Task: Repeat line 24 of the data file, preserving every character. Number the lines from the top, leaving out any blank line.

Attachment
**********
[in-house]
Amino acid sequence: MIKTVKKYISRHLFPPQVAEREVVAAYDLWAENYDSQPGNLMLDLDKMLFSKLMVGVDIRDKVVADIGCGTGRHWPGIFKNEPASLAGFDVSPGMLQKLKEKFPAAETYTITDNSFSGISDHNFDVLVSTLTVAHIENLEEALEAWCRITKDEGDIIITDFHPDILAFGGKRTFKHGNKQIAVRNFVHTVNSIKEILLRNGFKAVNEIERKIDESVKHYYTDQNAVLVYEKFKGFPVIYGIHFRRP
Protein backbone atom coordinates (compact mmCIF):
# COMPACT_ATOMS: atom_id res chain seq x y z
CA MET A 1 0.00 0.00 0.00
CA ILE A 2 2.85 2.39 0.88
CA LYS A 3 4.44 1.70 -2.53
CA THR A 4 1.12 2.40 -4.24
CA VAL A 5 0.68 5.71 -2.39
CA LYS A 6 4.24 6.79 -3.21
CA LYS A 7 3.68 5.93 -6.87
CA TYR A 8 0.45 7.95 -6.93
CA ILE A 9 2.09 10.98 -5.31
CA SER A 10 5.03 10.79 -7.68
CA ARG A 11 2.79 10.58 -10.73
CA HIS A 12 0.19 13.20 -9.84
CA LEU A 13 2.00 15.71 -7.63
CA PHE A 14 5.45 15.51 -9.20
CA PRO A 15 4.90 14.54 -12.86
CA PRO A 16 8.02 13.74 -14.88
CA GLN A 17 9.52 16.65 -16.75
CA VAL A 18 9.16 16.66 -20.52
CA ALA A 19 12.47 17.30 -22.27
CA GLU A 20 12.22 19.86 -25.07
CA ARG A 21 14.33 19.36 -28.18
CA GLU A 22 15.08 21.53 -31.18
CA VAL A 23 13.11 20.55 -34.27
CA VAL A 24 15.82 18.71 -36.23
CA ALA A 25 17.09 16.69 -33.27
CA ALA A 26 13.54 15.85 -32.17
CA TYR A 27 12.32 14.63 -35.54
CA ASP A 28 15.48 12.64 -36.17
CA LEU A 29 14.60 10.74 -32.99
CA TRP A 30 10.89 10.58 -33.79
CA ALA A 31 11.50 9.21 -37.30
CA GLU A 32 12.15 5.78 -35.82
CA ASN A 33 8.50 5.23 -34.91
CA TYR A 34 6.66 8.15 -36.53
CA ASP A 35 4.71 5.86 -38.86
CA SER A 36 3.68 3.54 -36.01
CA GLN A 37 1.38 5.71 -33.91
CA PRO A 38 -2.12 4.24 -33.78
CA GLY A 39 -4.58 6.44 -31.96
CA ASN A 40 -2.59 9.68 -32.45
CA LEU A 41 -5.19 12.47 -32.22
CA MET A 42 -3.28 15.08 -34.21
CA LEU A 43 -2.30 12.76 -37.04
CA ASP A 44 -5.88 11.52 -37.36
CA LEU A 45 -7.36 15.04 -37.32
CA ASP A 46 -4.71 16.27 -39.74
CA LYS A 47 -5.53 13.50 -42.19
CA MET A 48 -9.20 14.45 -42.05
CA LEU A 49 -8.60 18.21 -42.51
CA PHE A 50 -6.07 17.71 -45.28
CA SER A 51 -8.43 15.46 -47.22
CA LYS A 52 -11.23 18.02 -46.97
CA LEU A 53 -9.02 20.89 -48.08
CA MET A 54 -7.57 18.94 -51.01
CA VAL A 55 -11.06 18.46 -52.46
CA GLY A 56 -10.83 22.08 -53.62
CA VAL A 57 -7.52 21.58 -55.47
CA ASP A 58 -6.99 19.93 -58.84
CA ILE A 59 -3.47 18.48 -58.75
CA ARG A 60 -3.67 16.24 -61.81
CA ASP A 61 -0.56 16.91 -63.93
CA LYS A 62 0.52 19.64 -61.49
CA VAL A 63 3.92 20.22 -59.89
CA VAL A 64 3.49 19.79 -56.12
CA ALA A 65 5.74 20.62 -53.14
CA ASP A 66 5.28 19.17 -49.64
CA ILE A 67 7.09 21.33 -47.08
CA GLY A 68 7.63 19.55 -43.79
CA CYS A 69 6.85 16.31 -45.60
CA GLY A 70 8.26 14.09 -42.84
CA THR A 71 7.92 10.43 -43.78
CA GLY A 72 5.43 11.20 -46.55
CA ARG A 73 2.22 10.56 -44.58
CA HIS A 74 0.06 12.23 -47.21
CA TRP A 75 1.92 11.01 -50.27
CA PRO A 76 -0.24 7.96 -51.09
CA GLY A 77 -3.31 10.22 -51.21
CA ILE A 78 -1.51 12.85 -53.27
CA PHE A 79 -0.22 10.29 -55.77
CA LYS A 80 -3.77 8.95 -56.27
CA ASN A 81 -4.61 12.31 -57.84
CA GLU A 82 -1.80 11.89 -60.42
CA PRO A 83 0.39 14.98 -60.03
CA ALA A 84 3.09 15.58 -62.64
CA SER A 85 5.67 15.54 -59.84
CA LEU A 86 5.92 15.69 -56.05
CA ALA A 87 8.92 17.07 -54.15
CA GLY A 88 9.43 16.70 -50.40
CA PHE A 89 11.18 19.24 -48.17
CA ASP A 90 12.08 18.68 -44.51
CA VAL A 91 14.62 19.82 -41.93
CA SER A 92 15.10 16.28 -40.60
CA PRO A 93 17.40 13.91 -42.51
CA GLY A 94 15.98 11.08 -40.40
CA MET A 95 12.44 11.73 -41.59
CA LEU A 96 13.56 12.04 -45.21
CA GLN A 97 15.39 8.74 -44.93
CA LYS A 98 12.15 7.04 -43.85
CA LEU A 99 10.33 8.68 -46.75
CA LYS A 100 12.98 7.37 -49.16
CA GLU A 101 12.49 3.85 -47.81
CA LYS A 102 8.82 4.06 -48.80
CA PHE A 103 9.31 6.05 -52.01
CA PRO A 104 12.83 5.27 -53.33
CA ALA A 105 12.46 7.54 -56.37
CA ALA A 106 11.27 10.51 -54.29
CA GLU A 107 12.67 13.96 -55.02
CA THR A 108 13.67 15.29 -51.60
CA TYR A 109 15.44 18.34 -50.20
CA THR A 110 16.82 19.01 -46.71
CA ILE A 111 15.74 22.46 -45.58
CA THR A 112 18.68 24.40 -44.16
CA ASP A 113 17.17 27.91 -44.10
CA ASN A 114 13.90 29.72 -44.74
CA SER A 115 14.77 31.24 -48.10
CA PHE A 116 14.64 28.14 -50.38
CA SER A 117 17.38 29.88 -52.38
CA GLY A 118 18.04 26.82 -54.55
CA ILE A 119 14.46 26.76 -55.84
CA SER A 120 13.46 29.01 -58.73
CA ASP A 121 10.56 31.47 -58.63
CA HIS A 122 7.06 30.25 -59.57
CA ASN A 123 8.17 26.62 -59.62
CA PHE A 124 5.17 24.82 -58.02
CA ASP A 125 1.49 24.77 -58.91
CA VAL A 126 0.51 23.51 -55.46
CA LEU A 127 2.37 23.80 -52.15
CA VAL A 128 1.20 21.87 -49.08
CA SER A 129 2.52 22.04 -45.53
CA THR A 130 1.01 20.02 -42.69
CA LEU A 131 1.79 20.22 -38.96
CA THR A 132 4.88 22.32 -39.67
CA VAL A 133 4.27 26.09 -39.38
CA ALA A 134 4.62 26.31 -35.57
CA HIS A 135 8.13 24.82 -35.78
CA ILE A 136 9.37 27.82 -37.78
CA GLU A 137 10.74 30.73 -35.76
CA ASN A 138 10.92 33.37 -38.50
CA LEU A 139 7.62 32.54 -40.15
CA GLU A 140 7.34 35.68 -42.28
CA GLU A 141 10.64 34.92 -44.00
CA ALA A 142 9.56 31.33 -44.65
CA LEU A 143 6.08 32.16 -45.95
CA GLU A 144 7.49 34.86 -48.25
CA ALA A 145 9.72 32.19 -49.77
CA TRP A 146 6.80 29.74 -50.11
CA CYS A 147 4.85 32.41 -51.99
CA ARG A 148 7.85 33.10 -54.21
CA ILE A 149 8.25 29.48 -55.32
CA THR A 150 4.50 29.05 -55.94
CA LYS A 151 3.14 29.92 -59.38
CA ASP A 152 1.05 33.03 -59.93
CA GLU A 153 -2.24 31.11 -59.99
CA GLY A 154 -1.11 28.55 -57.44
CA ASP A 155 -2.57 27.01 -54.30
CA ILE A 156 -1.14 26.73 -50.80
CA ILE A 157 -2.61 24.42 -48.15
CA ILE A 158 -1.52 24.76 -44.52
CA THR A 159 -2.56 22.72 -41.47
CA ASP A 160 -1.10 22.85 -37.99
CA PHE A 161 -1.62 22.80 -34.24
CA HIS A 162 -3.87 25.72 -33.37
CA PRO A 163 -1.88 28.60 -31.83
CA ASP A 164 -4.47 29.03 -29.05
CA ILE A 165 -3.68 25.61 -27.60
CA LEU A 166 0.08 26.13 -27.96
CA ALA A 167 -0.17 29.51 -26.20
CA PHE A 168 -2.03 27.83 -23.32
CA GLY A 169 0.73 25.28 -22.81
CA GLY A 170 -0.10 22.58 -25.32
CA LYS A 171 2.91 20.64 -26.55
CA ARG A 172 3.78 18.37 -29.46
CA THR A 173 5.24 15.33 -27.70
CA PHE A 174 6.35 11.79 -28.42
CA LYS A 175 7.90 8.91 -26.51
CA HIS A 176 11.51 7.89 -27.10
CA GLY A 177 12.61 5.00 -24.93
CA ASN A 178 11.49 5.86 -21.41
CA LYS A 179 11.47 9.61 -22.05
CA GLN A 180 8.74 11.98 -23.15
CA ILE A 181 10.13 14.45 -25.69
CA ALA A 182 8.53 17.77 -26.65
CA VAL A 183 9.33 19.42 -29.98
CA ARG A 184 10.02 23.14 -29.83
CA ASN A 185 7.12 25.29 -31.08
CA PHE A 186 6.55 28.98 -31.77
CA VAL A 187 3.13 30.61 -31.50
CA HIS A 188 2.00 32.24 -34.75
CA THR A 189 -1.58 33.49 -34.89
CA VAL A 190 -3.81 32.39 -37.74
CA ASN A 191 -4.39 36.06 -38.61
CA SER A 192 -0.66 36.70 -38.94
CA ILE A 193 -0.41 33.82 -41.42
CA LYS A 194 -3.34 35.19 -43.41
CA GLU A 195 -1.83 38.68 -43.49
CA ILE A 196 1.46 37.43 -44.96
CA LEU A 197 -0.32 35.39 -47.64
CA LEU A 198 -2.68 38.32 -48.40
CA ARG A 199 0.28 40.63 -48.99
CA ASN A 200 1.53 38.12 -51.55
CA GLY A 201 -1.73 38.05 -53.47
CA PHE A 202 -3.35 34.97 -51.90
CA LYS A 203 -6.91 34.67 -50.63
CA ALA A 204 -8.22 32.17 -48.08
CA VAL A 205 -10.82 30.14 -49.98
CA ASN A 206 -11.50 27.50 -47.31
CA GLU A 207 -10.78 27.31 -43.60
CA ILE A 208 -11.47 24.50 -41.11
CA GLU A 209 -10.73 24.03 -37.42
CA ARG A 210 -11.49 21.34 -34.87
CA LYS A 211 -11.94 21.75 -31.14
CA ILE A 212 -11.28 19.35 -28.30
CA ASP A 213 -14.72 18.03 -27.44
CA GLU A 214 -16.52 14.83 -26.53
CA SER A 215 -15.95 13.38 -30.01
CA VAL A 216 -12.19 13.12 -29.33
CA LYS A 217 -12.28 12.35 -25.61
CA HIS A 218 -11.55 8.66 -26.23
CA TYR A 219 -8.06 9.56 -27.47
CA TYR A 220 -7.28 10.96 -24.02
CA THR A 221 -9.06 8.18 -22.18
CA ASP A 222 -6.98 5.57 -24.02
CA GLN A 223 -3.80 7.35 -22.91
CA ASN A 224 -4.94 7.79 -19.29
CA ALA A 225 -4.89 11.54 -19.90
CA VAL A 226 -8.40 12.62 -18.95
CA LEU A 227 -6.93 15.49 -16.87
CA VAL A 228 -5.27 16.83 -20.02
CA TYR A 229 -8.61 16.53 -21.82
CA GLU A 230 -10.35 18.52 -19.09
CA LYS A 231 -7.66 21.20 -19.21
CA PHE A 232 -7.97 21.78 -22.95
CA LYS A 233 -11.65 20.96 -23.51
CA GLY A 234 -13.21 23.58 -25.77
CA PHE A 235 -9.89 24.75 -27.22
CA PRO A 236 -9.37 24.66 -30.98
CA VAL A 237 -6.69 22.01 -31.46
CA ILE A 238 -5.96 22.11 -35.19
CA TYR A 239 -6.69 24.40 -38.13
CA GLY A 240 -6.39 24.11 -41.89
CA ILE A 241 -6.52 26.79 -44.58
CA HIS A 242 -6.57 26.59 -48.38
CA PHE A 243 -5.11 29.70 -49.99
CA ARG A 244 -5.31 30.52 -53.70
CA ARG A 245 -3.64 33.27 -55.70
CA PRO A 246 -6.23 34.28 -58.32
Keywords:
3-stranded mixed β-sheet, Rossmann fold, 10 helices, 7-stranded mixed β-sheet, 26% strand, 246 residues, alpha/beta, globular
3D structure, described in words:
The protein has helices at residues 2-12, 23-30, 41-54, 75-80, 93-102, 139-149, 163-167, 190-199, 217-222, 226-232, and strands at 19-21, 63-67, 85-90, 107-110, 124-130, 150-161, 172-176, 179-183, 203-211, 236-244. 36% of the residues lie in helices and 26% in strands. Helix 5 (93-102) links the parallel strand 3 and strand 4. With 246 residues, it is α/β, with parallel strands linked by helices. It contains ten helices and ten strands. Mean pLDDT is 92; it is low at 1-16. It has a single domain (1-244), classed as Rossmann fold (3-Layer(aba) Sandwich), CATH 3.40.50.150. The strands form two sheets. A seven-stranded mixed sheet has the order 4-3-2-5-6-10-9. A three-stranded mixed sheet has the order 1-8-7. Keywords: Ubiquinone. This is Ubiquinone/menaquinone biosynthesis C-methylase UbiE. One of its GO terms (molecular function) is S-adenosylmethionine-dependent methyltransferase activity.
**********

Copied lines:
CA GLU A 20 12.22 19.86 -25.07